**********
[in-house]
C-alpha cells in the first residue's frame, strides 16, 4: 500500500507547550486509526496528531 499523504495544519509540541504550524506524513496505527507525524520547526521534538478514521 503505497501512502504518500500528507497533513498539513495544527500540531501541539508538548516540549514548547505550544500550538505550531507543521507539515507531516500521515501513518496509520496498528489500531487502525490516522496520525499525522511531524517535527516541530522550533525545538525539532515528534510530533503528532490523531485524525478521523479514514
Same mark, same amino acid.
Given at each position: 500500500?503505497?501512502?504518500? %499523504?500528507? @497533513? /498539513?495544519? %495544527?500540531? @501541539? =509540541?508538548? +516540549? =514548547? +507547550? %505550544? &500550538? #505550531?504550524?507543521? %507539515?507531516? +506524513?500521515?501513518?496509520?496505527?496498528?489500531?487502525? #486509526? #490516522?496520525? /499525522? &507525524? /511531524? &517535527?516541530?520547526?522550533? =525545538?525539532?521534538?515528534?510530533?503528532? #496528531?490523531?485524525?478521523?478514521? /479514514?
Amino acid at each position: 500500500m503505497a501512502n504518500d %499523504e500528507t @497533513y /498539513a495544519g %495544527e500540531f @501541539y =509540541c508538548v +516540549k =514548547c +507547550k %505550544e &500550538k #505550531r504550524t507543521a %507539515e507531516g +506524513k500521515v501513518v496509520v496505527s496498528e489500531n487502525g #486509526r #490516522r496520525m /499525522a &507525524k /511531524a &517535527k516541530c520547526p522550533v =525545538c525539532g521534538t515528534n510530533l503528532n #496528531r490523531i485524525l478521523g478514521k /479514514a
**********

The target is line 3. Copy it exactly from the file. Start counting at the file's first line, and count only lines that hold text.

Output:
Same mark, same amino acid.